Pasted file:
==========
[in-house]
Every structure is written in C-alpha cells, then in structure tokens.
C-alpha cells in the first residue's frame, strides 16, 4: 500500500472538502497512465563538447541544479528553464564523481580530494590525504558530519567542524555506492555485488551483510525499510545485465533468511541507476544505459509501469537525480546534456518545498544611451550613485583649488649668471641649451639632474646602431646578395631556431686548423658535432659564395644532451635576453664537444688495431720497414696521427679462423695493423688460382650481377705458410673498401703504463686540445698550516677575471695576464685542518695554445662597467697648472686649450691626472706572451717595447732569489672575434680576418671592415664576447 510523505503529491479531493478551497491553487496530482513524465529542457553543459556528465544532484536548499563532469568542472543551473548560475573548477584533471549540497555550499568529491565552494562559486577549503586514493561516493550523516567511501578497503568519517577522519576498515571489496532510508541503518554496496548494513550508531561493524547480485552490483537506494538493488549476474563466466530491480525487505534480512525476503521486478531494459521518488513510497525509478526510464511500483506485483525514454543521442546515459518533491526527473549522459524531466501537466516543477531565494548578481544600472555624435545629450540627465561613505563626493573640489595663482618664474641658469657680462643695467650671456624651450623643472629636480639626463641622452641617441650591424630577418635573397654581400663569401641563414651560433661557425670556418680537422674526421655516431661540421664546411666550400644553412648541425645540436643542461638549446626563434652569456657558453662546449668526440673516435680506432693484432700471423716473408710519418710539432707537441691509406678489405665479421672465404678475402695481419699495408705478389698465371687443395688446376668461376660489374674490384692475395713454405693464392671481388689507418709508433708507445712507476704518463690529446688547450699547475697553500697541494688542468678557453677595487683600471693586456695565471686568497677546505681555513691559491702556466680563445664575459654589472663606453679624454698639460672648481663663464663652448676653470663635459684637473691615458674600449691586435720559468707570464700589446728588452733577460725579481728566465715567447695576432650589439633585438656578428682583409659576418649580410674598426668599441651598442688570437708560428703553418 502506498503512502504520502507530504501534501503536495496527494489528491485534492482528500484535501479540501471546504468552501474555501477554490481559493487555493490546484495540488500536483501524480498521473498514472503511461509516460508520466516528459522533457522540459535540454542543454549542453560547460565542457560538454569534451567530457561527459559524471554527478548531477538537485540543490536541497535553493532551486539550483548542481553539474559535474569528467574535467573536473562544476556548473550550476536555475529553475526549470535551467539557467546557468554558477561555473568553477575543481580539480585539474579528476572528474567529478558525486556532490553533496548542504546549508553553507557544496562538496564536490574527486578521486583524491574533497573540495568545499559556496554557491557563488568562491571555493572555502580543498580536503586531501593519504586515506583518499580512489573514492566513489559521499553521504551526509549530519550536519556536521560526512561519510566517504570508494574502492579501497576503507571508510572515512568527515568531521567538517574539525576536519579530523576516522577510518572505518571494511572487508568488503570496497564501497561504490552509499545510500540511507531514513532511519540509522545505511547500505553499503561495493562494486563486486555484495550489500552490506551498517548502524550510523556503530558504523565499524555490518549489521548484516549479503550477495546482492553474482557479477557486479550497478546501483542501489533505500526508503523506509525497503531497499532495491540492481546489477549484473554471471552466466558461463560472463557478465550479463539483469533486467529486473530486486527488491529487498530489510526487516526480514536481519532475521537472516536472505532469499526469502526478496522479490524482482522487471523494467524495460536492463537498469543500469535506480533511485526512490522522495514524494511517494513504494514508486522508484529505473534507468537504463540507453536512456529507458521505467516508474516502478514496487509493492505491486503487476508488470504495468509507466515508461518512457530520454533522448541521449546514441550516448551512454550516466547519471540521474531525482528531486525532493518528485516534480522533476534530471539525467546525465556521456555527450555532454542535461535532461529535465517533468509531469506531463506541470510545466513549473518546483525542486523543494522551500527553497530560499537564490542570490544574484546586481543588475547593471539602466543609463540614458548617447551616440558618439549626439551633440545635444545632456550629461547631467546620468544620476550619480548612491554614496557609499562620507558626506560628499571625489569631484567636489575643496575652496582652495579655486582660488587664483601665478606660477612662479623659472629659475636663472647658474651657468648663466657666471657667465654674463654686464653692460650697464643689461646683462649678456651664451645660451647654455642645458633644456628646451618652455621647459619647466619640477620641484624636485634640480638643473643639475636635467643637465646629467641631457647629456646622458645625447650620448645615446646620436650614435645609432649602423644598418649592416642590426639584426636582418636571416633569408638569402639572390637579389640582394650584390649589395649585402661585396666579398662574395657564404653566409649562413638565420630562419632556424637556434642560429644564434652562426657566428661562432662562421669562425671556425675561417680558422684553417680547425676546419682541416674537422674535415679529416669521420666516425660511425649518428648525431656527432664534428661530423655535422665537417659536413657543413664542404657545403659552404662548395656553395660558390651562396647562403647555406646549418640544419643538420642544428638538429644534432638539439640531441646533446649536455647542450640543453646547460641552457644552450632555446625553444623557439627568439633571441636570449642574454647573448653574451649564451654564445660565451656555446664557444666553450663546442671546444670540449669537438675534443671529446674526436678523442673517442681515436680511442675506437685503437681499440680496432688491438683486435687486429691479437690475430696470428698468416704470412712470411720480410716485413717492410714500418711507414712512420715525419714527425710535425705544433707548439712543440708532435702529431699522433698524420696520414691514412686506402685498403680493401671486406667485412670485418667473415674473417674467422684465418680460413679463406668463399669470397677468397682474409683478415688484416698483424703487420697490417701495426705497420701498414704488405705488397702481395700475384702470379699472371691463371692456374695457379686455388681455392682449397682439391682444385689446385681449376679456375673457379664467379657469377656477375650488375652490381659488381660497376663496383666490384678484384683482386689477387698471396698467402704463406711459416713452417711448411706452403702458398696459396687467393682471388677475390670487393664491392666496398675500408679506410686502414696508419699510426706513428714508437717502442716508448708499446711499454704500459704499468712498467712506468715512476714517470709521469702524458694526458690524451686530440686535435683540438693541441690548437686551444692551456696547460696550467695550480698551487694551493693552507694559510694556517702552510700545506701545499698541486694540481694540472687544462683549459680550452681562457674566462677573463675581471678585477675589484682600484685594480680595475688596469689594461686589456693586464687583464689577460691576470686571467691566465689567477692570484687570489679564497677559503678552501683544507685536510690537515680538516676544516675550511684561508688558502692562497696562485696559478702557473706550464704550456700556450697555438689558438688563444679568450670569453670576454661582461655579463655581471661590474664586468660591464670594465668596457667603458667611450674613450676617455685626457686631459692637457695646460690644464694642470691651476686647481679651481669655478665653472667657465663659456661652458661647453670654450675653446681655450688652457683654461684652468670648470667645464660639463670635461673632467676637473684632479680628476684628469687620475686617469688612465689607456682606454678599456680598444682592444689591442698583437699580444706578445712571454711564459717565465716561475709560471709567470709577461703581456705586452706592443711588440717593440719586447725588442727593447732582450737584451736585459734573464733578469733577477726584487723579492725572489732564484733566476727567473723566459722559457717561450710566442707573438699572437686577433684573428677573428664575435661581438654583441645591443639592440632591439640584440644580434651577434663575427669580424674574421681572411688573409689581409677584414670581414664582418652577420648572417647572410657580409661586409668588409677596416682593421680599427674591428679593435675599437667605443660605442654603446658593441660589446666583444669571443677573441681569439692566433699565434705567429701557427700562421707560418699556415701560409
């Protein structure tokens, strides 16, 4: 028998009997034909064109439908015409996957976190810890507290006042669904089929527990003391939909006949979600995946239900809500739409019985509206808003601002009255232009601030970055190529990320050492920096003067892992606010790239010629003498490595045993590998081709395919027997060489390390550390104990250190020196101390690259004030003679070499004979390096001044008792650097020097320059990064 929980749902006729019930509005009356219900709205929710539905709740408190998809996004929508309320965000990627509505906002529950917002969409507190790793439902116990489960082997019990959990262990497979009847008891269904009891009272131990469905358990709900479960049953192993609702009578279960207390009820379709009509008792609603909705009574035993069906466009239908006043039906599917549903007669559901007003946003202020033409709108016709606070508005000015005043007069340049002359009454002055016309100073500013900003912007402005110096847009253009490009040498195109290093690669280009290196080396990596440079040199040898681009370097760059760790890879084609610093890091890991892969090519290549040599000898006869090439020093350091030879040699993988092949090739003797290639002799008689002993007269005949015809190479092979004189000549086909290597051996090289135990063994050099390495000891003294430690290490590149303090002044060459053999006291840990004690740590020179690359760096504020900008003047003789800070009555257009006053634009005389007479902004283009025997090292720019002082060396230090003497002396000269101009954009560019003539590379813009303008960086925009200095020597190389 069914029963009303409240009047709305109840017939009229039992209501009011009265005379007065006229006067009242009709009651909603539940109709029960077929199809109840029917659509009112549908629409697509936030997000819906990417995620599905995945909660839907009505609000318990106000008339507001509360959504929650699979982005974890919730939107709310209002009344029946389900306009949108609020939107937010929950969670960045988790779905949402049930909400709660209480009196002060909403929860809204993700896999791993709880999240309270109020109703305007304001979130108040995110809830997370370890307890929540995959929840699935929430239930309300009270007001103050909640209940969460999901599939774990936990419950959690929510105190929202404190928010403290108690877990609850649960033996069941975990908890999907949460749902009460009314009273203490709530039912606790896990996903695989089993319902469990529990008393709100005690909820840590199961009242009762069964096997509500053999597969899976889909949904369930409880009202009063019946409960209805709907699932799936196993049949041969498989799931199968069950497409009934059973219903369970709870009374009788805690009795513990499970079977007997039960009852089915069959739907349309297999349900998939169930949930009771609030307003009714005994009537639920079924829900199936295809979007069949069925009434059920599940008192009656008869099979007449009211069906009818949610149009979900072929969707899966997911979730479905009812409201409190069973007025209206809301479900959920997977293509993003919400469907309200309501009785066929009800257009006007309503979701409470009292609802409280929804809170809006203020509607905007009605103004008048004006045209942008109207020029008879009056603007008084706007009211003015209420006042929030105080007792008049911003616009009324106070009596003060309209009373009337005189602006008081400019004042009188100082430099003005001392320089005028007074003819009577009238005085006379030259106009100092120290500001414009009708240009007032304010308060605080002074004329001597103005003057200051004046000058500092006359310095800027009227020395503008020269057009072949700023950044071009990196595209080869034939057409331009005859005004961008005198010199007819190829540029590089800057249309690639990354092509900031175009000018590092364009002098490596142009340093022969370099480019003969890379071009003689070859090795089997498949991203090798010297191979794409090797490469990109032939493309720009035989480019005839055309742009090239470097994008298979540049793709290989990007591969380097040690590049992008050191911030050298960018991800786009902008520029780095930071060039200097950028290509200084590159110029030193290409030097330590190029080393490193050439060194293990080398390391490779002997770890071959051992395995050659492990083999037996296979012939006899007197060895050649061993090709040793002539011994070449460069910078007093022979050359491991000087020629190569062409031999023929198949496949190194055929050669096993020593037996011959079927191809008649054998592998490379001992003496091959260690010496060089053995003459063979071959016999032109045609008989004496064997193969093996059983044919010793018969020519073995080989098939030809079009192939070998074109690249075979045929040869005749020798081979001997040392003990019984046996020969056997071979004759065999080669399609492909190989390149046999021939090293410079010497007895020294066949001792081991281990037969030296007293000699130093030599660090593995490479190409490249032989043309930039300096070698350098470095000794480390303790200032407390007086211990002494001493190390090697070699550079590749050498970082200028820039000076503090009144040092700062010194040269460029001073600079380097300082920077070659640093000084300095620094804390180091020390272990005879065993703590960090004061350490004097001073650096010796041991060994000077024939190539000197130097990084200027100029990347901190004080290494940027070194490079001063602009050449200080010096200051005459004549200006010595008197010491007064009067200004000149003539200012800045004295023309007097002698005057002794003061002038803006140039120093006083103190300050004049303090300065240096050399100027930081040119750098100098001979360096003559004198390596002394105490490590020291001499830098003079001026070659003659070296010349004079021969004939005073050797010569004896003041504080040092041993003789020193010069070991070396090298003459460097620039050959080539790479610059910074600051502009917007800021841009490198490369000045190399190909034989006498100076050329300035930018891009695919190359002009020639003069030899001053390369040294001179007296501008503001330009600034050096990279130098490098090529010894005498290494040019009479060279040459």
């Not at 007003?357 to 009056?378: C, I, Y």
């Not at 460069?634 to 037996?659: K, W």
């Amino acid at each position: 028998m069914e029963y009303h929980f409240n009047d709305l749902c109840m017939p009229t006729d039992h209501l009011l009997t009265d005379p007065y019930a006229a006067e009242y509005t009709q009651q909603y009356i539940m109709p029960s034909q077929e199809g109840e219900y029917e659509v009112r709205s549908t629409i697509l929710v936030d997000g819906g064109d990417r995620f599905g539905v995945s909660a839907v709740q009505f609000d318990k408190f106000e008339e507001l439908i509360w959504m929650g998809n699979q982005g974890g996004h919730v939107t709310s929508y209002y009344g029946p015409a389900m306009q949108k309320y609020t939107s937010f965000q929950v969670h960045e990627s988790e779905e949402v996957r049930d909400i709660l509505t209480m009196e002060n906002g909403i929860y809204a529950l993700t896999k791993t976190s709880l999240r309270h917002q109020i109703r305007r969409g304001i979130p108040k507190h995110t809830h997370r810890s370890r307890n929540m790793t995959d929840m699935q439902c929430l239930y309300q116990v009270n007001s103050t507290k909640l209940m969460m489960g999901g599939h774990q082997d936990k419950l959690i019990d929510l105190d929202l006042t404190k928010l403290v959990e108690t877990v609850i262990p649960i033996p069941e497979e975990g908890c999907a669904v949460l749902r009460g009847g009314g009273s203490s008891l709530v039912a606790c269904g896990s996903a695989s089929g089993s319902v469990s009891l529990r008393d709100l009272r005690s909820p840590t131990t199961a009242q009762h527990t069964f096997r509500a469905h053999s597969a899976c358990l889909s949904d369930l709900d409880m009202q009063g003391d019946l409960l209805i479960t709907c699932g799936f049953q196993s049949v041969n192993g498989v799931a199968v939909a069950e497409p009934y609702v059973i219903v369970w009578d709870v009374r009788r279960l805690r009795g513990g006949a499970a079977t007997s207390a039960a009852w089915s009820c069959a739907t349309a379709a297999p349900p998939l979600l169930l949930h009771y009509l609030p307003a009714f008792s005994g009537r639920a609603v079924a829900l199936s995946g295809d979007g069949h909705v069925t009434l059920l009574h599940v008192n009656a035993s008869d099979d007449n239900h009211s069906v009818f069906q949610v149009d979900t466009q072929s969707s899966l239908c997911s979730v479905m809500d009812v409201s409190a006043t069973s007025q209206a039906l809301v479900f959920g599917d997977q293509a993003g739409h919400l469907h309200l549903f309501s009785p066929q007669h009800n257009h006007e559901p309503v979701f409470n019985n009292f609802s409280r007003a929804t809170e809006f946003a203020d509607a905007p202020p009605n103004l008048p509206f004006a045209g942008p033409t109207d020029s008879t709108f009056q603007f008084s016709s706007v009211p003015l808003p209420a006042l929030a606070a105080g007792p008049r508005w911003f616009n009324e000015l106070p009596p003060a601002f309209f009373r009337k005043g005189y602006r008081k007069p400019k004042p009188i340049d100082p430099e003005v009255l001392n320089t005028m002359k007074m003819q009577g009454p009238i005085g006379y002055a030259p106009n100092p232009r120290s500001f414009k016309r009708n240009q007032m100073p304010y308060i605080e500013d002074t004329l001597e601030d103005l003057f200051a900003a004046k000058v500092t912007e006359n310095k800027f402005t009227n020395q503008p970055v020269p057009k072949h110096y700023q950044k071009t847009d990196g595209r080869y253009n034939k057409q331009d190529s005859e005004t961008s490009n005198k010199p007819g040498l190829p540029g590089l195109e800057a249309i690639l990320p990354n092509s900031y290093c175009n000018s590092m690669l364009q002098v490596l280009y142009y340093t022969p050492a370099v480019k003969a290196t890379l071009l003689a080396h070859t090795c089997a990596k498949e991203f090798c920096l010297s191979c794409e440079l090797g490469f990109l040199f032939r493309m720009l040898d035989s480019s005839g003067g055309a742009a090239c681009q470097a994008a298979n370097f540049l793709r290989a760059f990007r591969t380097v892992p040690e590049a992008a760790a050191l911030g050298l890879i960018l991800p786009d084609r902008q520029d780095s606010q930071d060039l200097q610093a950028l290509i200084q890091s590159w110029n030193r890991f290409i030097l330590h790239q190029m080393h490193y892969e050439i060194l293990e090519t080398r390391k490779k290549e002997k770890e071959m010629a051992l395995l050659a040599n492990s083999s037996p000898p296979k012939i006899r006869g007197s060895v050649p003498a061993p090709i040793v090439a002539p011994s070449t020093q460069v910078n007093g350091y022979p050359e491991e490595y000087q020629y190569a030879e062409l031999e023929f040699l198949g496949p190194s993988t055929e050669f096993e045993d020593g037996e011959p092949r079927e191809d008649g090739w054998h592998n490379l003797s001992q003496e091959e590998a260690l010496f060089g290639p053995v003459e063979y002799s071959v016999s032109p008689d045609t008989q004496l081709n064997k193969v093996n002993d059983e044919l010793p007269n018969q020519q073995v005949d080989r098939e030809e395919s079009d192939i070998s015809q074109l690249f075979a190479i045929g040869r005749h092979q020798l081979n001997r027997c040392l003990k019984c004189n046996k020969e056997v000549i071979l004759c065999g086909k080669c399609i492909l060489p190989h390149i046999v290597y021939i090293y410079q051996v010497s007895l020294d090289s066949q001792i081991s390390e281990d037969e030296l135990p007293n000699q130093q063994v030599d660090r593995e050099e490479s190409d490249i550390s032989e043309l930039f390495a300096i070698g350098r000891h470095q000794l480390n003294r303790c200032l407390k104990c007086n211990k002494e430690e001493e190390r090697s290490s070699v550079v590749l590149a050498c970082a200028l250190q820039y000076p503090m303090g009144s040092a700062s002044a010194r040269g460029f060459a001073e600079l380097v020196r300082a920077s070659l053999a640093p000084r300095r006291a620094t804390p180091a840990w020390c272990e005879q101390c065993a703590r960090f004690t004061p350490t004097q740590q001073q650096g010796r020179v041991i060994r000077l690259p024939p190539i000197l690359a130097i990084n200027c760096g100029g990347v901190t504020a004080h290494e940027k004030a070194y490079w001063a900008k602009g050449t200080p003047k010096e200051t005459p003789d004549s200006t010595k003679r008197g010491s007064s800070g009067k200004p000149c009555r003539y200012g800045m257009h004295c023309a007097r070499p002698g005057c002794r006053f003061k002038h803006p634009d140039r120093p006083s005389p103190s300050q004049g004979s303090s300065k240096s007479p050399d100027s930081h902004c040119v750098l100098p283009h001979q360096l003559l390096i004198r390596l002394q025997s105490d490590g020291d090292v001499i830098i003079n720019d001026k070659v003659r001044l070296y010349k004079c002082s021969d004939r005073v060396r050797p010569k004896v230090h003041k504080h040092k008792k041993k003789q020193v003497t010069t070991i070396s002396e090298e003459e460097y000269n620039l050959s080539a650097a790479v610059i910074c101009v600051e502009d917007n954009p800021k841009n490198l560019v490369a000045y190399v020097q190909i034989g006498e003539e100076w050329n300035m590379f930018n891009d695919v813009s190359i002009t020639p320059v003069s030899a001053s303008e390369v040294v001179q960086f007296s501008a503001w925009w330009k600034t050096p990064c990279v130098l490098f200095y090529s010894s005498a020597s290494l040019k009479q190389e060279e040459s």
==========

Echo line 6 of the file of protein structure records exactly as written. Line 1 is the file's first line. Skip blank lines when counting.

């Not at 460069?634 to 037996?659: K, W």